Japan extends Parliament session by over 3 months as PM Abe seeks security reforms

Japan's Prime Minister Shinzo Abe smiles as he delivers a speech at the 50th anniversary ceremony for the normalizing of relations between Japan and South Korea.
Japan's Prime Minister Shinzo Abe smiles as he delivers a speech at the 50th anniversary ceremony for the normalizing of relations between Japan and South Korea. PHOTO: REUTERS

TOKYO (AFP) - Japan's Parliament voted on Monday to extend its current session by more than three months, as Prime Minister Shinzo Abe faces strong opposition over plans to extend the military's role in the officially pacifist nation.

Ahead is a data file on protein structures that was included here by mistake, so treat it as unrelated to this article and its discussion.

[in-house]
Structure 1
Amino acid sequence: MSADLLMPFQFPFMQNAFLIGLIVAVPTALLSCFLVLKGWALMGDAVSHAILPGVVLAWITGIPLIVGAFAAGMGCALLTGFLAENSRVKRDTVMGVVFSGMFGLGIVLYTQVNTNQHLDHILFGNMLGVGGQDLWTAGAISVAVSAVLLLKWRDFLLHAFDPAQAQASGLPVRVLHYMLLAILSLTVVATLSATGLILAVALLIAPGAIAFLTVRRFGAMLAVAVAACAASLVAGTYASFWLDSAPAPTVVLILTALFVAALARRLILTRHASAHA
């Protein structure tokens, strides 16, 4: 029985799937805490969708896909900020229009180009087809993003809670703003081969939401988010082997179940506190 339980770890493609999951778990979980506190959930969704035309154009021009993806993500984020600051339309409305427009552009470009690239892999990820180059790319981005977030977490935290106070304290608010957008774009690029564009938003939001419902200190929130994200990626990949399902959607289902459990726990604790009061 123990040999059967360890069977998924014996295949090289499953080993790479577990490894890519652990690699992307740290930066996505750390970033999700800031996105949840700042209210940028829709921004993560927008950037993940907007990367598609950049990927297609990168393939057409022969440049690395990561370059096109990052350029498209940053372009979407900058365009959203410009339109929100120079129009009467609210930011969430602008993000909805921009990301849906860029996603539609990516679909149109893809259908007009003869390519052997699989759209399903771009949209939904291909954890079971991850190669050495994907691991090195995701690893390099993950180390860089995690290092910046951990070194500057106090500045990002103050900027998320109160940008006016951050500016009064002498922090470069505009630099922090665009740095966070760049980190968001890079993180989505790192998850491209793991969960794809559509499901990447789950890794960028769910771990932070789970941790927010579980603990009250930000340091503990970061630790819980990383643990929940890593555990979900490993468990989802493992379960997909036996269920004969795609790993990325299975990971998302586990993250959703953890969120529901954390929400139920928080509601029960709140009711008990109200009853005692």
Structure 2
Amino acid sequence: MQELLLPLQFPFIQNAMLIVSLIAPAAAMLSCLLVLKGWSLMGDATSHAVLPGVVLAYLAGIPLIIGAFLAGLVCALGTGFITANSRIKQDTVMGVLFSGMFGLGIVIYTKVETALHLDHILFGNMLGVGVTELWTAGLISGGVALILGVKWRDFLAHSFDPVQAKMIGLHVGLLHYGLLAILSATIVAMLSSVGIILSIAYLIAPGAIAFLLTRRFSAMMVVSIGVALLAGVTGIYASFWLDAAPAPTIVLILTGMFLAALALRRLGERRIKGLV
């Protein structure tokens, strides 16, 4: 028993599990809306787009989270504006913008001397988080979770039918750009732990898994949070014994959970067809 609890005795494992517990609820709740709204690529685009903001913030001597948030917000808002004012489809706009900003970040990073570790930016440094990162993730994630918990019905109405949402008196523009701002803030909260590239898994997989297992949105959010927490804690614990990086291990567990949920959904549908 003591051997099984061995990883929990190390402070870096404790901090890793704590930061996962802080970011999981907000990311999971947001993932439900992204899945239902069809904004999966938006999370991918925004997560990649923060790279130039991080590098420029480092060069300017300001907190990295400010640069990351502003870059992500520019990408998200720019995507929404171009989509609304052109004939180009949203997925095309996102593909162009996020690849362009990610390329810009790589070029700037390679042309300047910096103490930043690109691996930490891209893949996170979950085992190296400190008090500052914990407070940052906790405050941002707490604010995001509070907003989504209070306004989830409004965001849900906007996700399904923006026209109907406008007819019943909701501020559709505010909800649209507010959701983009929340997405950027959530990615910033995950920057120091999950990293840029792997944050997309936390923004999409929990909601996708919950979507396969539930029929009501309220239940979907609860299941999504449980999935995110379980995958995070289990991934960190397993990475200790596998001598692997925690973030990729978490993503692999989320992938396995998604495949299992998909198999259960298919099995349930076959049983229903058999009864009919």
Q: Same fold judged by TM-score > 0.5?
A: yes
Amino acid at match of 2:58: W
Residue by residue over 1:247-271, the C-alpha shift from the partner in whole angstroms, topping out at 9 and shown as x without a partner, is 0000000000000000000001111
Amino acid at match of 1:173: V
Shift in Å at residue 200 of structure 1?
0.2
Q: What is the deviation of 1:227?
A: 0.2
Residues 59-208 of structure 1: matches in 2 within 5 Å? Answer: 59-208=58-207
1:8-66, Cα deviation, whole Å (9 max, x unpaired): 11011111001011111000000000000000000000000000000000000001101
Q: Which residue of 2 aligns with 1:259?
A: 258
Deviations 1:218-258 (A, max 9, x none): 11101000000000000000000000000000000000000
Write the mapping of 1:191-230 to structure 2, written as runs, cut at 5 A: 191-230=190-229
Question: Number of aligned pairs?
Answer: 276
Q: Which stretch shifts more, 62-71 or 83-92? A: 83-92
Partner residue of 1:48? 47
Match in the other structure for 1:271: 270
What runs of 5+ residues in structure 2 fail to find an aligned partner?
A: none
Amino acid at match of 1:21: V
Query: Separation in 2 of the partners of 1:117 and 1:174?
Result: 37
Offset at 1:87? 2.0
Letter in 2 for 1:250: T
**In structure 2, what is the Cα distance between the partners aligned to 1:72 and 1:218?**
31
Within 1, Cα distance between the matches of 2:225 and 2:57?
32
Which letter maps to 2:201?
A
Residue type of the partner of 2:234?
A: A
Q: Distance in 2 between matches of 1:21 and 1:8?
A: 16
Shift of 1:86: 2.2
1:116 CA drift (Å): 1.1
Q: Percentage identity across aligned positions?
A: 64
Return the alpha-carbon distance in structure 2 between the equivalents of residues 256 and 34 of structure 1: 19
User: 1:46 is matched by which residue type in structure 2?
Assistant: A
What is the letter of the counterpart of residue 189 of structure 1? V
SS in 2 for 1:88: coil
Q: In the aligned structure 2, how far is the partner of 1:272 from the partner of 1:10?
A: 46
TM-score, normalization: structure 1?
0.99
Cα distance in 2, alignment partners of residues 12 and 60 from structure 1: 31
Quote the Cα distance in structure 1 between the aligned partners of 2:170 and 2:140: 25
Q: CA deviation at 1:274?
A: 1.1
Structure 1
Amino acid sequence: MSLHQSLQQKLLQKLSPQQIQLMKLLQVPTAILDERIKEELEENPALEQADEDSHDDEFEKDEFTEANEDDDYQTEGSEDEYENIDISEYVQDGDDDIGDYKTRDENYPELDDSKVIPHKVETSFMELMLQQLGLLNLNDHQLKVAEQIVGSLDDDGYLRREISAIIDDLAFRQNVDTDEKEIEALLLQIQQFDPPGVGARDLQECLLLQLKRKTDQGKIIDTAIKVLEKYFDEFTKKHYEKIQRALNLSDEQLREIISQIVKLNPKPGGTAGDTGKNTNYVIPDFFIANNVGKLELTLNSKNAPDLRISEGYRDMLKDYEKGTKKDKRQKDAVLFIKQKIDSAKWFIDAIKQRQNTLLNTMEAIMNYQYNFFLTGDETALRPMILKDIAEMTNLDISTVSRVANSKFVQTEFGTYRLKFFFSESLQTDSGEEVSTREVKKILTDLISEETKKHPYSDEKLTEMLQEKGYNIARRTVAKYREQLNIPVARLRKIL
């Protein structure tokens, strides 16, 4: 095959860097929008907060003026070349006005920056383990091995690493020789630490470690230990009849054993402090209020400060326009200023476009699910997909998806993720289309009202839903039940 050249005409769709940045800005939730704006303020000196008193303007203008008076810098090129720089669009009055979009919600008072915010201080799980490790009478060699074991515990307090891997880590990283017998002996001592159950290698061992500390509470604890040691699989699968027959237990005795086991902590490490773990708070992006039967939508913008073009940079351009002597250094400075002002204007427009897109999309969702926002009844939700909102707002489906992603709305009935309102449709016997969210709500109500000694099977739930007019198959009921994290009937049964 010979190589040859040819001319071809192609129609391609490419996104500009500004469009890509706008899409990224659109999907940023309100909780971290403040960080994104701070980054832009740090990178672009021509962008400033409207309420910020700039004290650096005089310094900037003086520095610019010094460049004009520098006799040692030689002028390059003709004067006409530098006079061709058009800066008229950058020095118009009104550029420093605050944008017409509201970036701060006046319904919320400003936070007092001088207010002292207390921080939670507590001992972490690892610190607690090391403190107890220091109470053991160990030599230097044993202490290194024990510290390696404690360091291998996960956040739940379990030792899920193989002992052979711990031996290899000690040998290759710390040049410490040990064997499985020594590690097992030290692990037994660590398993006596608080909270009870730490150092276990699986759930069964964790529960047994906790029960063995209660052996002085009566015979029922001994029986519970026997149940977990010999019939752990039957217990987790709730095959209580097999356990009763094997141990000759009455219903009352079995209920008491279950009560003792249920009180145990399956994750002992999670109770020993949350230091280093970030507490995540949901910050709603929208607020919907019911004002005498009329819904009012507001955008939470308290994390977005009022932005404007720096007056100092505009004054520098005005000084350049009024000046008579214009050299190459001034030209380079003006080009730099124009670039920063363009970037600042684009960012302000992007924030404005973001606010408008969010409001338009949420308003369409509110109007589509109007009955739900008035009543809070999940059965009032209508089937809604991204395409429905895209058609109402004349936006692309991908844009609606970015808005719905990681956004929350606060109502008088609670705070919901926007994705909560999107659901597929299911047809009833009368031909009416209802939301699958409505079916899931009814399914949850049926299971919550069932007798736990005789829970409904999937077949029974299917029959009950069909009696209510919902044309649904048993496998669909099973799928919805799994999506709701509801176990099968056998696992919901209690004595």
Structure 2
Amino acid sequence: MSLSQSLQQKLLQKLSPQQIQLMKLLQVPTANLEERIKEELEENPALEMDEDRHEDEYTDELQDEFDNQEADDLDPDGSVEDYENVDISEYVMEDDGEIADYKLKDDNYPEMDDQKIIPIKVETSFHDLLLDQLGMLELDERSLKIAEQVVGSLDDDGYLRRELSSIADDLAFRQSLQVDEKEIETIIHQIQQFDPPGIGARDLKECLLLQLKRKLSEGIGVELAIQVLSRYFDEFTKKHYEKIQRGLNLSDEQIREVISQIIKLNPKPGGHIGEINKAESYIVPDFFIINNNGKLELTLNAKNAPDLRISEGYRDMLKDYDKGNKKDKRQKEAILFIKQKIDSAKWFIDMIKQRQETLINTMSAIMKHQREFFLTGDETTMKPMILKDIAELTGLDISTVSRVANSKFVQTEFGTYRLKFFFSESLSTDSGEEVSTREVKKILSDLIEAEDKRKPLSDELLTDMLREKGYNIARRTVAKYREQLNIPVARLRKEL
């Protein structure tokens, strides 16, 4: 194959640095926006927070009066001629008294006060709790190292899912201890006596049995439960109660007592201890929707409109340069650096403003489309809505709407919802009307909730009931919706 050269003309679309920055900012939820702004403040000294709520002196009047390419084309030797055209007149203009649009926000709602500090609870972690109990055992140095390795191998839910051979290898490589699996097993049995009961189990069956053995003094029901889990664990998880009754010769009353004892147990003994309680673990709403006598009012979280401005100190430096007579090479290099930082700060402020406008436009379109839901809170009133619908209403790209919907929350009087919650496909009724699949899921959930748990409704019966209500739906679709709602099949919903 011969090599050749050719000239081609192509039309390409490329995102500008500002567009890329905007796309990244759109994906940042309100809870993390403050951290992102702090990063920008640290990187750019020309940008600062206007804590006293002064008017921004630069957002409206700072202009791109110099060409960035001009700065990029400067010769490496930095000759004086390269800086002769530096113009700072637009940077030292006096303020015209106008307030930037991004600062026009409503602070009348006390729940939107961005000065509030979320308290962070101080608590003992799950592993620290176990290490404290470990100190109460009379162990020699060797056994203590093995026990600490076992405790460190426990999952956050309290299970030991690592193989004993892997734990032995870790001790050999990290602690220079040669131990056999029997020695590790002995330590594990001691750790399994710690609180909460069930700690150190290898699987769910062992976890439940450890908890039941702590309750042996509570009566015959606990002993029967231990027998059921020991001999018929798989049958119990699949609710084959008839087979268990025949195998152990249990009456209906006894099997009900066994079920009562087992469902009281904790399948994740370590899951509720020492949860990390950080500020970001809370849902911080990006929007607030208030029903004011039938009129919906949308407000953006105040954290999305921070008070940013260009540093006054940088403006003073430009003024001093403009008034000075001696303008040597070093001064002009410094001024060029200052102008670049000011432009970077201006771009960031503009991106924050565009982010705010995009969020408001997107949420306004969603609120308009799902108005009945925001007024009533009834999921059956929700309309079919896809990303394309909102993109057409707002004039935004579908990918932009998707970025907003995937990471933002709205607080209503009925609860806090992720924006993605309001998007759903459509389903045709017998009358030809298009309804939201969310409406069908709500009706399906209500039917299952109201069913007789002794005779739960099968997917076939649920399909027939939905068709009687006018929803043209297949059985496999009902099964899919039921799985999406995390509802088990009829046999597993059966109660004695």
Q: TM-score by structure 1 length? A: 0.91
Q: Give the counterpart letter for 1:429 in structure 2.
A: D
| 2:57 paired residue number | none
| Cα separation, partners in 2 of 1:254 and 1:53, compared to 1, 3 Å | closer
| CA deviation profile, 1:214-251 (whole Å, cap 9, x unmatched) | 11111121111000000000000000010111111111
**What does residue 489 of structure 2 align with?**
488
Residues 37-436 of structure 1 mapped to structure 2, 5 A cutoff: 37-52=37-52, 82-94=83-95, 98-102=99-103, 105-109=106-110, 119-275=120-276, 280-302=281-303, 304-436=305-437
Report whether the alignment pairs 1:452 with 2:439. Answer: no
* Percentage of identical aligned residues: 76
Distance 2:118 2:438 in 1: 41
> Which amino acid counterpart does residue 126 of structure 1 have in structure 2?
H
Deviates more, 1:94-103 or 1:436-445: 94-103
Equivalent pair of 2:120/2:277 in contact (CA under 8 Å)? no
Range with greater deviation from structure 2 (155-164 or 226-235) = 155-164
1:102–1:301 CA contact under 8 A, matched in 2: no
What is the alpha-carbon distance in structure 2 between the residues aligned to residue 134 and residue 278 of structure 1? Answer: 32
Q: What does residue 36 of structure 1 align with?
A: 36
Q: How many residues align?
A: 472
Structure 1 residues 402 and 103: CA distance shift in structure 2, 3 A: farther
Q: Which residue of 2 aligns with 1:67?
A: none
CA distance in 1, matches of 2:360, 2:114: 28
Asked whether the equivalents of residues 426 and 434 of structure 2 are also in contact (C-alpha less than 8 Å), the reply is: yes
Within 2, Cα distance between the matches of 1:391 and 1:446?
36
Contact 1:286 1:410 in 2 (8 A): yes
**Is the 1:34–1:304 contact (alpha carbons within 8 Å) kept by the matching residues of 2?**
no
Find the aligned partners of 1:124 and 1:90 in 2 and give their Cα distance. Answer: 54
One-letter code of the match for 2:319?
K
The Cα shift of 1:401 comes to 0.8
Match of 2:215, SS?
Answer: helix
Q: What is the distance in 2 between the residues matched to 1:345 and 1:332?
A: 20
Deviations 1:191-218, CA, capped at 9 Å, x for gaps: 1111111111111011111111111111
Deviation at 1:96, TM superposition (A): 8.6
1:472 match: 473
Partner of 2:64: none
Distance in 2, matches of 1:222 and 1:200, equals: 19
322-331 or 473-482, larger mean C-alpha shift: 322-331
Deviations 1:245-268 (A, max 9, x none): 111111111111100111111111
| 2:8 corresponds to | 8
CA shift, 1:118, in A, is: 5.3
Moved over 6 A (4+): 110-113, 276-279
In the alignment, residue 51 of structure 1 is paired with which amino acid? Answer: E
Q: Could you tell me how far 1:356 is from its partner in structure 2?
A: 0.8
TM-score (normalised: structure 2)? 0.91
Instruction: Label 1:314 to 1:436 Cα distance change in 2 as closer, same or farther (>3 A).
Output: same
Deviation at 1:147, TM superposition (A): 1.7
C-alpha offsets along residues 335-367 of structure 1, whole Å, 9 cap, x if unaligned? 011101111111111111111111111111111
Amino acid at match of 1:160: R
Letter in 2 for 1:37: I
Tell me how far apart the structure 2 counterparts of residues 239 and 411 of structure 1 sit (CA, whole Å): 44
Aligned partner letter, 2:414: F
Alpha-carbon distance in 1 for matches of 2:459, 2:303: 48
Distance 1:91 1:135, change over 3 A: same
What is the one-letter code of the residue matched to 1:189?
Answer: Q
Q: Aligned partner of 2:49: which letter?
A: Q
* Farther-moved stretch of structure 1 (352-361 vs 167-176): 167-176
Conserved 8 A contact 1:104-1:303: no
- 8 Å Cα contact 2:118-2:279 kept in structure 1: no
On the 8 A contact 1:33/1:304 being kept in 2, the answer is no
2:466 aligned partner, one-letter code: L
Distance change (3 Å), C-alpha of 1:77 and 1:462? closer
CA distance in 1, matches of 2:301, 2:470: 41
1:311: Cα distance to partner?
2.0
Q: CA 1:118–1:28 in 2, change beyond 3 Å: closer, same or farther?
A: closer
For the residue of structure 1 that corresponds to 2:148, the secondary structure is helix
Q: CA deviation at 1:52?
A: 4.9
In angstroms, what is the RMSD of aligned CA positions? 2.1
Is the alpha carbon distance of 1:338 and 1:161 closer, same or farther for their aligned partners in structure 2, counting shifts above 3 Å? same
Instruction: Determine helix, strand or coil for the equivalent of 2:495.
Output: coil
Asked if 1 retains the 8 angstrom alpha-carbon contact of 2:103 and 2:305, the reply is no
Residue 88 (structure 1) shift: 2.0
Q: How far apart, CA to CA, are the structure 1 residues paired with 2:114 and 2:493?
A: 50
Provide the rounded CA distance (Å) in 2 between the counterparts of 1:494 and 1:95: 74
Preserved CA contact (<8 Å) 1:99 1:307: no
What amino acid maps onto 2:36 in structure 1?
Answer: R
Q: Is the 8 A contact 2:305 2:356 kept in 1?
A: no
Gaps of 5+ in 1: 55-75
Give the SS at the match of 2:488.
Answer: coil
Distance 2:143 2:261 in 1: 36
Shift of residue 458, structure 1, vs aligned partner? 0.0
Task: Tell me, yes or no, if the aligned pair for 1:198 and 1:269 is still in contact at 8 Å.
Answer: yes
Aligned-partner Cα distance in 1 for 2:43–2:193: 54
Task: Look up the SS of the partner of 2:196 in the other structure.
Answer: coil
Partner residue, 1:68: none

The Lower House, led by Mr Abe's Liberal Democratic Party and its junior coalition partner, voted for a 95-day extension through late September. The coalition has a sizeable majority in both the lower and upper houses.

"I want to discuss (reforms) thoroughly by extending the session as much as 95 days, taking substantial time," Mr Abe told reporters late on Monday.

Mr Abe, a robust nationalist, has pushed for what he calls a normalisation of Japan's military posture. He wants to loosen restrictions that have bound the so-called Self-Defense Forces to a narrowly defensive role for decades. But because he was unable to muster public support to amend the pacifist Constitution imposed by the United States after World War II, Mr Abe opted instead to reinterpret it.

He proposed legislation that would allow the military greater scope to act.

Opposition lawmakers have stepped up criticism after legal experts said legislation that would allow Japan's military to fight in defence of allies was unconstitutional.

Thousands of people rallied outside parliament last week in protest at the plans.